IWSAW trains security forces to combat gender-based violence
LAU’s Institute for Women’s Studies in the Arab World awards certificates to security officers on completion of a training course in gender-based violence.
In a ceremony held at the Internal Security Forces (ISF) Academy on September 26, the Institute for Women’s Studies in the Arab World (IWSAW) awarded 35 officers of the General Security (GS) and the ISF certificates to commemorate their completion of a five-week intensive training program on gender-based violence. The ceremony was attended by hundreds of officers, representatives from a number of organizations working on gender-based violence, as well as friends and families of graduating officers.
“Gender equality is a critical prerequisite to lasting peace and sustainable development, and safety and security are the key foundations on which this secure future should be built,” said Lina Abirafeh, director of IWSAW, speaking at the ceremony. “Security personnel play a key leadership role in upholding the rights of all, and are instrumental in preventing violence against women. They set an example for the country to follow.”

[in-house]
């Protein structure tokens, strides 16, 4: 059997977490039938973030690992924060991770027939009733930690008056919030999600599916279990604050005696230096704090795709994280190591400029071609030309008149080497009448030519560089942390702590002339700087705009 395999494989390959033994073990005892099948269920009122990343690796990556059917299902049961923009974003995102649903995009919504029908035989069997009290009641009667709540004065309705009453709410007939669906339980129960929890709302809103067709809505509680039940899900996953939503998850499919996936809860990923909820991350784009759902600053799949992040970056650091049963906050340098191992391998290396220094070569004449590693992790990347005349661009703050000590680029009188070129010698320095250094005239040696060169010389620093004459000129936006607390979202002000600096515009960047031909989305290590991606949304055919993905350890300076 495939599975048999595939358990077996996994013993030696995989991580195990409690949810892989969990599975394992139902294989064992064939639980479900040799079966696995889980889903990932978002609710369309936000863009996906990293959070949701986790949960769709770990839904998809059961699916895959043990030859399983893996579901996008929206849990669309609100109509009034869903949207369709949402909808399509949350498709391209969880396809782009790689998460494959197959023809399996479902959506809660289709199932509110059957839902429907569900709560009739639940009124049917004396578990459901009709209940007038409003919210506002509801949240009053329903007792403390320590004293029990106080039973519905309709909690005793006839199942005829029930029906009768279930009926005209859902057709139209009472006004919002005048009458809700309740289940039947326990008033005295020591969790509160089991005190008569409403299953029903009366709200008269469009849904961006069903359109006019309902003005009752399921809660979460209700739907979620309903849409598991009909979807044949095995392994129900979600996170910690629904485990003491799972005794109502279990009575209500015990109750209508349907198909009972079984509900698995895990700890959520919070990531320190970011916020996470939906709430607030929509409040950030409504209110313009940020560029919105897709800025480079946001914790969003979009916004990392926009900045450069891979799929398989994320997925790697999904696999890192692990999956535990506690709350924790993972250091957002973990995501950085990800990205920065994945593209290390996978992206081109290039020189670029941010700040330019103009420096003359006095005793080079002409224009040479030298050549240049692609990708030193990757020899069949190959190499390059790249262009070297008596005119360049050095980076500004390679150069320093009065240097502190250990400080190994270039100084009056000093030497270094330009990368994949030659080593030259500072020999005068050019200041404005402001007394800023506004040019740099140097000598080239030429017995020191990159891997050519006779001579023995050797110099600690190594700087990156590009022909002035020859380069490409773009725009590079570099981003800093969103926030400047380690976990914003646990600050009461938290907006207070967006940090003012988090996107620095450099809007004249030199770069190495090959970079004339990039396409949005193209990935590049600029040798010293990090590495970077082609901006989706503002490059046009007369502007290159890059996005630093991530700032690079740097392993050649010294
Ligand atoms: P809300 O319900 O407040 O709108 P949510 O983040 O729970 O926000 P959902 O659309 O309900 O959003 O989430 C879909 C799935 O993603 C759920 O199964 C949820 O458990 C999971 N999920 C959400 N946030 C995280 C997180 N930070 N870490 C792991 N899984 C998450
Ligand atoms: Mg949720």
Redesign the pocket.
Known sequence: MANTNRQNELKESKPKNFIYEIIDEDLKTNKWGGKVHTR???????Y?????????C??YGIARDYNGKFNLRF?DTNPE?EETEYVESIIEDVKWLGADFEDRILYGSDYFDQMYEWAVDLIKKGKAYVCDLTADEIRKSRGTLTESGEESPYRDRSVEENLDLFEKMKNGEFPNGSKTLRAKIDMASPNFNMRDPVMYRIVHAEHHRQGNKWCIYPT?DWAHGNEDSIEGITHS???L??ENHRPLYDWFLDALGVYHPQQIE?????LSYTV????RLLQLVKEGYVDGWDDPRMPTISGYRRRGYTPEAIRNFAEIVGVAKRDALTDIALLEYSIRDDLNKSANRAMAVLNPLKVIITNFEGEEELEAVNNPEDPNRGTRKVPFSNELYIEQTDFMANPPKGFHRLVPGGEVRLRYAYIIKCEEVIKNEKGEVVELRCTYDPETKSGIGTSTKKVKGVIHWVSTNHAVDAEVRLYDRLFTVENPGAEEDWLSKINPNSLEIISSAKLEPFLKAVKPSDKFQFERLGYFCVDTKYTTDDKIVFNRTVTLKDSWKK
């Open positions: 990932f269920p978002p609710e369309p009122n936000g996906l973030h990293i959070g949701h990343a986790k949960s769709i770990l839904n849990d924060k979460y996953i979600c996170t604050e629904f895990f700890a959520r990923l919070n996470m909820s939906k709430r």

Funded by the Dutch Embassy, the tailor-made training program aimed at instructing participants in gender-based violence from a gender studies, human rights, sociology, and psychology perspective, as well as raising awareness of ISF and GS laws, directives and practices. The program imparted practical knowledge on how to deal with gender-based violence in Lebanon and was developed by a committee that included members of both the ISF and General Security, as well as experts in the field of gender equality.
“LAU is delighted to be partnering with Lebanon’s security forces for the sake of human rights, and specifically women’s rights, in our Lebanon,” said Elise Salem, vice president for Student Development and Enrolment Management at LAU.
Brigadier General Ahmad Hajjar, head of the ISF Institute, was also present, and asserted the importance of empowering officers to better understand gender-based violence in line with international legislation.
“The curriculum was comprehensive in its coverage of the relevant topics, was delivered in a modern and effective way by experienced professionals and long enough to enable fruitful and considered discussion,” said one cadet who participated in the training.
In order to continue the efforts, IWSAW has now published a manual of all the material covered in the training session. “The unique Arabic-designed curriculum can be shared with other Lebanese security agencies and the army,” explained Carol Khater, project manager on the training. “Eventually the material can also be dispersed to security institutions in other Arab countries with similar needs.”
LAU also awarded 13 scholarships to cadets in order for them to complete the certificate in Gender Development and Humanitarian Assistance.